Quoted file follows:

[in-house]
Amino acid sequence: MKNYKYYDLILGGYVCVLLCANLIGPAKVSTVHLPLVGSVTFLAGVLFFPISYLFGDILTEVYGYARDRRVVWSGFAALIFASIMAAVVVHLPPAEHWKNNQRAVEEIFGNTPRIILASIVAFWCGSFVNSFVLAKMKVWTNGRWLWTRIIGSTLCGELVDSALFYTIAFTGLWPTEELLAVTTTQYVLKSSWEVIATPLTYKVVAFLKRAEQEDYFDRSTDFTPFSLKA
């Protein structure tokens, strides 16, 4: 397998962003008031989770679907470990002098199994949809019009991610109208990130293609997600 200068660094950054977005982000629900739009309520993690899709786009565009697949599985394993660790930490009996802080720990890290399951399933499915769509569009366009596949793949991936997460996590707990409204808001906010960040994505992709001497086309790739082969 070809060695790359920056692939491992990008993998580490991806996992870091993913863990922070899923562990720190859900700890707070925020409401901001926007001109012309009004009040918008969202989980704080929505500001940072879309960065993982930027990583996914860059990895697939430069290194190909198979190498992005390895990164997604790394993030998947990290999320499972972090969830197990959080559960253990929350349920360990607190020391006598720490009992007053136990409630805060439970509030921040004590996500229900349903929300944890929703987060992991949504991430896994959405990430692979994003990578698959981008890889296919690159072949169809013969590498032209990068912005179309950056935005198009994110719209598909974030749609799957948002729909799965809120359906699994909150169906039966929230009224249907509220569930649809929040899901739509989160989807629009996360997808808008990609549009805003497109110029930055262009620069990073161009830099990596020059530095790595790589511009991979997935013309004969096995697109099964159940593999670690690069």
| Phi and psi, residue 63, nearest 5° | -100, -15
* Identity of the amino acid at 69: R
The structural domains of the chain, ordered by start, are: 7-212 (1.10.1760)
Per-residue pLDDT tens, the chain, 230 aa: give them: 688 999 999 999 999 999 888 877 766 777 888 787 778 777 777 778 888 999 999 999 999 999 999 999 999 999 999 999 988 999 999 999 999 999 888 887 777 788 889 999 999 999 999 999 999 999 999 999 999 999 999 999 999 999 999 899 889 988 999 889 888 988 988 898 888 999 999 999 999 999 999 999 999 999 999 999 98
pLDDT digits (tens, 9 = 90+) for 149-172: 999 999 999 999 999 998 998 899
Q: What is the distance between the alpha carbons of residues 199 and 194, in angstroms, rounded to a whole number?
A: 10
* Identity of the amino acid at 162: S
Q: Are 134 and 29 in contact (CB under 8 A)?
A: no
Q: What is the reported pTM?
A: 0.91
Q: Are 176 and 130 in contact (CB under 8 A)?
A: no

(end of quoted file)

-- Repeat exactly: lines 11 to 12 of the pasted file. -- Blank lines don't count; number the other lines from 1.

* Identity of the amino acid at 162: S
Q: Are 134 and 29 in contact (CB under 8 A)?